Collaboration Tools for Diverse Students in Social Work at Carlow University

June 14, 2024

Jessica Friedrichs, a social work professor at Carlow University, has always believed that student learning is enriched by interaction and engagement. “After writing my thesis on community organizing at Penn State and spending a summer as a community organizer in Philadelphia, I understood that interaction with others was the best way to learn,” Jessica reflected. Throughout her 15 years of teaching at Carlow, she has intentionally incorporated interactive activities into her classes. Several of her activities can now be found in the Interactivity Foundation’s Collaborative Discussion Toolkit.

Jessica’s contributions to the toolkit are focused on active listening, expressing social identity, and identifying civic passions. After completing a coach training offered by the Interactivity Foundation, Jessica was then empowered to offer her own certificate programs in collaborative discussion.

Becoming a coach also introduced her to a broader range of activities she could use in the classroom. Some of Jessica’s favorite activities help students establish a baseline of respect and comfort as a group and support their efforts to confront challenges and think deeply about issues together. The activity on Forming Group Guidelines is one of the first activities she uses with the group, helping students establish ground rules for respectful and productive discussions. As they establish these guidelines, they can tackle challenging topics, such as with the activity Embracing Contradictions, which encourages students to develop a more nuanced understanding of complex issues and understand personal contradictions as strengths.

Pairing Critical Thinking with Critical Feeling, as recommended in the toolkit, has proved to be an excellent way for students to explore different ways of understanding an issue. During a class discussion on gun violence, Jessica showed students a variety of images of guns and the aftermath of their use and asked students to use hand signals to show how the images made them feel. Afterward, the class critically discussed the different sides of the debate around gun use and ownership. “Students can see how others feel about the issue through their hand gestures and then hear what they think about it during the discussion,” Jessica said. “My students often have diverse viewpoints on the topic and these activities have allowed for respectful, constructive discussion to happen.”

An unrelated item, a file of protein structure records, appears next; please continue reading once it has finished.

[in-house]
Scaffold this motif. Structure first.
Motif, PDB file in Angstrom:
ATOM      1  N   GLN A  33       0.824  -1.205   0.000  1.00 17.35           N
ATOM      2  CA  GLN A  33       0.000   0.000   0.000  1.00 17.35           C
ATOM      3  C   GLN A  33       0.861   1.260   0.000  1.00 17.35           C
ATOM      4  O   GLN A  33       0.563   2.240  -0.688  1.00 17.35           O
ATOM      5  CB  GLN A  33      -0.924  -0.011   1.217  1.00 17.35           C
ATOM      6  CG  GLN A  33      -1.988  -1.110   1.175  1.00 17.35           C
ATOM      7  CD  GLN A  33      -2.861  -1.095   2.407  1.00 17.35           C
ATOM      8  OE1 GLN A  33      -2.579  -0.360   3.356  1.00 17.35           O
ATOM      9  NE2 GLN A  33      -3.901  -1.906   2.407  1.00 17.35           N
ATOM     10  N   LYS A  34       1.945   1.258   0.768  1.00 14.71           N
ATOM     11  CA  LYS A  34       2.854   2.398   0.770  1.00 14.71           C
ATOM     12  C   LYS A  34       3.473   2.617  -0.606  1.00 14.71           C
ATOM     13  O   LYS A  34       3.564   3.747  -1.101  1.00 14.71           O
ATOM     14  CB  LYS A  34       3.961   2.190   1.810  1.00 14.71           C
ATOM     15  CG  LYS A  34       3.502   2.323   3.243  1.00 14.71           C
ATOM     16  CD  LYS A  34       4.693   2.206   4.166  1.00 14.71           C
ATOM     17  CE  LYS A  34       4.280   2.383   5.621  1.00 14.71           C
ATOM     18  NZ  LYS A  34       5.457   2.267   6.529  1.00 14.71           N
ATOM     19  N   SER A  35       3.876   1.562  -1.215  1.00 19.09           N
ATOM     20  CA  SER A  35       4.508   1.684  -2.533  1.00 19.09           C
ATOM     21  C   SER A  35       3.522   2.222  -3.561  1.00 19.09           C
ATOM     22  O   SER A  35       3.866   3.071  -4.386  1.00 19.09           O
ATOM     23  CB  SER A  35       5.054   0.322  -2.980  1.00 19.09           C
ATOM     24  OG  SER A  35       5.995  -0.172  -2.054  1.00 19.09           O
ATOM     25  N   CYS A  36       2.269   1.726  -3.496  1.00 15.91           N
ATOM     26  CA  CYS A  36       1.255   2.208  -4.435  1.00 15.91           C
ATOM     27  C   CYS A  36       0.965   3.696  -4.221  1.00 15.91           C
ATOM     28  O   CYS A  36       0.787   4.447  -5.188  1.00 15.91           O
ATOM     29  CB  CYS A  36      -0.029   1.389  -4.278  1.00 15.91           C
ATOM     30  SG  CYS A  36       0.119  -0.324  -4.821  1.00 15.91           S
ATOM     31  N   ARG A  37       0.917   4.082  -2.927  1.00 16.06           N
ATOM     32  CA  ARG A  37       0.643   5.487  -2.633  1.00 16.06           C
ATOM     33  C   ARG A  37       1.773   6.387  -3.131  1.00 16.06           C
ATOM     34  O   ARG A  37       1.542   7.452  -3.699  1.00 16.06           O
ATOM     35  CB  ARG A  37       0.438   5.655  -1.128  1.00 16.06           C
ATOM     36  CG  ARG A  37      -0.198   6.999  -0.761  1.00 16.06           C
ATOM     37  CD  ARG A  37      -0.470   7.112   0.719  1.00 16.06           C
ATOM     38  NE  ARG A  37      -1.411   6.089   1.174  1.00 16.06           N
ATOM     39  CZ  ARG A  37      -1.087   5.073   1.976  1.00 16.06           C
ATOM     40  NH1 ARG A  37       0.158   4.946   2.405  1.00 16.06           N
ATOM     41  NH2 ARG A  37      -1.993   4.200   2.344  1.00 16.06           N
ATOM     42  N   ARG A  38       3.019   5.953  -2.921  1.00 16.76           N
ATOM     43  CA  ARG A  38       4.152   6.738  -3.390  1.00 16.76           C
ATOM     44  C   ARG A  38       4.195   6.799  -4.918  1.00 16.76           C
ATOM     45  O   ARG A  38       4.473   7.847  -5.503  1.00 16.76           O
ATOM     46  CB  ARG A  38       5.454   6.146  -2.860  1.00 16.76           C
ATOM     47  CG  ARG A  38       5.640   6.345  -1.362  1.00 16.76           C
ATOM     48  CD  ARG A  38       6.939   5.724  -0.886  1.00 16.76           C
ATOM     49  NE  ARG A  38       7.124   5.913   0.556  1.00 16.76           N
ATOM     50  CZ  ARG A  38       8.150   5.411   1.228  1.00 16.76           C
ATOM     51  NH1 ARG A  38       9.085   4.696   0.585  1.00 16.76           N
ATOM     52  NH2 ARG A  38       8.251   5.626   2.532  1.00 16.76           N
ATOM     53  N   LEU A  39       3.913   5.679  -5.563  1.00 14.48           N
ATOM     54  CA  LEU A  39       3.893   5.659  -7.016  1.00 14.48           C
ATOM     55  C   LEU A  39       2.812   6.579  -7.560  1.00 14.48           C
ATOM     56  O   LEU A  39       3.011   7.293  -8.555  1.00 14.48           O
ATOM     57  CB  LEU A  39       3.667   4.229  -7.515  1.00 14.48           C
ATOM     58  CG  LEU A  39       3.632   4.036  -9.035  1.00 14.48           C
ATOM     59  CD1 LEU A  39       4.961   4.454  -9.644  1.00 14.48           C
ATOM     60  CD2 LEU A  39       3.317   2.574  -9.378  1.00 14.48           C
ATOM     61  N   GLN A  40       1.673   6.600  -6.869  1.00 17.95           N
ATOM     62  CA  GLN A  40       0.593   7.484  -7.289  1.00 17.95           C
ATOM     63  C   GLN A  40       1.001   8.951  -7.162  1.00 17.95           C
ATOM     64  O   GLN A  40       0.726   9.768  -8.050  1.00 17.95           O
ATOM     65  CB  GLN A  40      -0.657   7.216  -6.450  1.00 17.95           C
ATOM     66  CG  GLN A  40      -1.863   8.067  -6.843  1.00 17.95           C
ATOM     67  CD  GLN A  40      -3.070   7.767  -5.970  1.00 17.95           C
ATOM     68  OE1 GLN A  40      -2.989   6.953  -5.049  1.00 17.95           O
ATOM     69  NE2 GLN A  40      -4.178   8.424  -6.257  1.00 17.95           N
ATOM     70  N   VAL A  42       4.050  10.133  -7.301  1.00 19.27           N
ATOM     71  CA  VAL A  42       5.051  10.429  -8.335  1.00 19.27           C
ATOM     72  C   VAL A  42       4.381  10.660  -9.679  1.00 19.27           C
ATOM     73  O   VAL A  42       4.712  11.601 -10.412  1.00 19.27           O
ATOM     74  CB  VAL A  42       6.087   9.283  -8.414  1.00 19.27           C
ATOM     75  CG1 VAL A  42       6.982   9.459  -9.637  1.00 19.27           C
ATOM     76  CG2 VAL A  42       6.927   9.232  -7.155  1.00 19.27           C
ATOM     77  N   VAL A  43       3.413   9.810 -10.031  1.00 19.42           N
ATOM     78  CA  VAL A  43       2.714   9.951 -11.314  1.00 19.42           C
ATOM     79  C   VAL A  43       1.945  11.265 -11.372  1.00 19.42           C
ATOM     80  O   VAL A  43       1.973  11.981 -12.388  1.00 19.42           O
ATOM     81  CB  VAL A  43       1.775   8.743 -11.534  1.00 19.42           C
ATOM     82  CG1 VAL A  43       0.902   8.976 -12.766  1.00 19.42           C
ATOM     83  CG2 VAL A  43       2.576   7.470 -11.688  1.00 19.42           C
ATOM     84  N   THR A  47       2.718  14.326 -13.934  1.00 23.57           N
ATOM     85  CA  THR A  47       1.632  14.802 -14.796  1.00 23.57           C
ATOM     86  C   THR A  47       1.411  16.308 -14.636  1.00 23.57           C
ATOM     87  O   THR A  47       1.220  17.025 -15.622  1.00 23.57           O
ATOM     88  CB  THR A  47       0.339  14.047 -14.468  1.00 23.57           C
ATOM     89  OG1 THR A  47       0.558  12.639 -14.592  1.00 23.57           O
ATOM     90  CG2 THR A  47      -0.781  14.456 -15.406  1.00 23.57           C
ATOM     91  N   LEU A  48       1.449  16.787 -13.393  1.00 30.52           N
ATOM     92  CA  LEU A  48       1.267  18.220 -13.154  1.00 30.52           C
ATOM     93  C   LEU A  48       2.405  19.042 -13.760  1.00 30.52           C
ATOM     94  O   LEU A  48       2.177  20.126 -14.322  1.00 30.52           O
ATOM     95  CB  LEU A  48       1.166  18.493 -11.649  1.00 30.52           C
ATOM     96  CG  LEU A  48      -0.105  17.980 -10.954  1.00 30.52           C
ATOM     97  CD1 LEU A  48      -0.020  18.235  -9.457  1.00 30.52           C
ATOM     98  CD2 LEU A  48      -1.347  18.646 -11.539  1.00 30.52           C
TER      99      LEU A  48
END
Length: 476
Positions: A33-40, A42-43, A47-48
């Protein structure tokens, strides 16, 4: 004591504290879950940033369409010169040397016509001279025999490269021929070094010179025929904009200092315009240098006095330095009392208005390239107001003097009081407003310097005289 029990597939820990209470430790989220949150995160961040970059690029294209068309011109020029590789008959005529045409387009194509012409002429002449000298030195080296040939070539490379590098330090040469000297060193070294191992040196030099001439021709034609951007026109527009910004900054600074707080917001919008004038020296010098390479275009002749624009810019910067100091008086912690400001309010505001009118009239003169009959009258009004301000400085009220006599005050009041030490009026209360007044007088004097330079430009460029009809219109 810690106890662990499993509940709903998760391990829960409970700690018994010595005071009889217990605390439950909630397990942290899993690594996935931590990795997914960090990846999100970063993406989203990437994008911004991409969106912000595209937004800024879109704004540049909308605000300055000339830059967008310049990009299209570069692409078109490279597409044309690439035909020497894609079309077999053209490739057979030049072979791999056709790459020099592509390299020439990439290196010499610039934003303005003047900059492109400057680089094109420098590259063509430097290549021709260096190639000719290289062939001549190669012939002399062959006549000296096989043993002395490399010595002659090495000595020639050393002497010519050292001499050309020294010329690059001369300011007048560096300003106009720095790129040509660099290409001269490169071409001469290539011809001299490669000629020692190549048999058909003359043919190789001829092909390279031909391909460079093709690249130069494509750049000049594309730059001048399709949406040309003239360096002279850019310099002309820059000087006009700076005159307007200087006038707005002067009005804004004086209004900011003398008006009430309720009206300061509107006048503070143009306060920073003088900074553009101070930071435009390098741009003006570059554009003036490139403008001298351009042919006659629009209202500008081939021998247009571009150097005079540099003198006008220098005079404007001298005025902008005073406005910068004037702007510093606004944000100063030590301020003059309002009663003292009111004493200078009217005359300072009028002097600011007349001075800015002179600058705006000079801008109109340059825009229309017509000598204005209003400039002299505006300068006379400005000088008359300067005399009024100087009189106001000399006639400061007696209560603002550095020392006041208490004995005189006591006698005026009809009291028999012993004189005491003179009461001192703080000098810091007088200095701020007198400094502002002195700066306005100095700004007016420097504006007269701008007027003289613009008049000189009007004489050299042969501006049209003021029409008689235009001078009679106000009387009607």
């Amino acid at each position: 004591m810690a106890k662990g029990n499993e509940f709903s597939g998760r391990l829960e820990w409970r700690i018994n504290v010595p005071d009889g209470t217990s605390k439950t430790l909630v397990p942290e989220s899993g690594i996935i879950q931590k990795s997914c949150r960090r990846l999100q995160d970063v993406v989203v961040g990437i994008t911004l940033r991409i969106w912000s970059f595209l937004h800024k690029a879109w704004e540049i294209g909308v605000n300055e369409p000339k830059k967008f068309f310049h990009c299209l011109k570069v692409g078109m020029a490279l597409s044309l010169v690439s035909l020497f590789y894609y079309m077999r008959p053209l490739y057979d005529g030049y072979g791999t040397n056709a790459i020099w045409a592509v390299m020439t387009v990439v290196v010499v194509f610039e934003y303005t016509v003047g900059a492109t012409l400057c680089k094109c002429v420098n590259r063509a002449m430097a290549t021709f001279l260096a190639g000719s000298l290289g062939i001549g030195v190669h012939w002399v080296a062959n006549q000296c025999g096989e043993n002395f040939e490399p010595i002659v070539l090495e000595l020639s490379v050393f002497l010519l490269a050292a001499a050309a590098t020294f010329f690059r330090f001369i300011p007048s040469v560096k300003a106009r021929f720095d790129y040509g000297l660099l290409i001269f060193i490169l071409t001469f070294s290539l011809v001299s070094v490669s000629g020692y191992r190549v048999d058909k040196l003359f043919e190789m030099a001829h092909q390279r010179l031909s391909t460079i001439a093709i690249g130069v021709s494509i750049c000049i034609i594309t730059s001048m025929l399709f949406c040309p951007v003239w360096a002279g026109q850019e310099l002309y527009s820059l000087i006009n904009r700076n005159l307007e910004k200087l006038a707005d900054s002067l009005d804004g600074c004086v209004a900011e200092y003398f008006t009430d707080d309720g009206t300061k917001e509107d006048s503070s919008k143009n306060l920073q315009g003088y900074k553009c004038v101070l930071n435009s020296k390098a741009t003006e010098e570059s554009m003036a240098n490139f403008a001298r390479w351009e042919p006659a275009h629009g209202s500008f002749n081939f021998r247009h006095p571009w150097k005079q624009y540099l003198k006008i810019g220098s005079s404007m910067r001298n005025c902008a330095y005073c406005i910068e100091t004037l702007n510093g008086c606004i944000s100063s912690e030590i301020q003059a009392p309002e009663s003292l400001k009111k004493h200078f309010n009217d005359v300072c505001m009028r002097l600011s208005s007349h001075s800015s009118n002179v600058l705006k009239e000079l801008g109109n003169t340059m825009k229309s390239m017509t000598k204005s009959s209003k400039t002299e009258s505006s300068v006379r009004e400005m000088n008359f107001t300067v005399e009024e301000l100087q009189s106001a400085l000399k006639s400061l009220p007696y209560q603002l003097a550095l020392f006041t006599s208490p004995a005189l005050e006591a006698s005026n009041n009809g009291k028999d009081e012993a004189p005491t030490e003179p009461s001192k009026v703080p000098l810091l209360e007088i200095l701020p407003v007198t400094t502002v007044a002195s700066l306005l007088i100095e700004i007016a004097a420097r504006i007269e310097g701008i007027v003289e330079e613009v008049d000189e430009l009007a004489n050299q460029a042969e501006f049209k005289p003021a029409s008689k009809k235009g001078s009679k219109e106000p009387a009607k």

As first generation students often manage many competing demands on their time and attention, offering an incentive for completing assignments was a helpful way to increase class engagement. In her course on Social Work in Communities, Organizations and Groups, Jessica offered a certificate program within her class assignments. Students who successfully completed eight collaborative discussion activities and wrote a reflection paper about their experience received a Certificate in Collaborative Discussion, a credential they could highlight on their resume and LinkedIn to show future employers their skills. Embedding a certificate program into the curriculum had the two-fold benefit of incentivizing student engagement in class sessions and helping them expand their ability to effectively work together with others.

Learning how to collaborate effectively is an essential skill for students. Understanding the importance of communication, teamwork, and problem-solving is vital for success in both academic and professional settings. Through certificate programs, the Collaborative Discussion Project helps professors foster a sense of community and inclusivity, helping students appreciate diverse perspectives and work harmoniously with each other.

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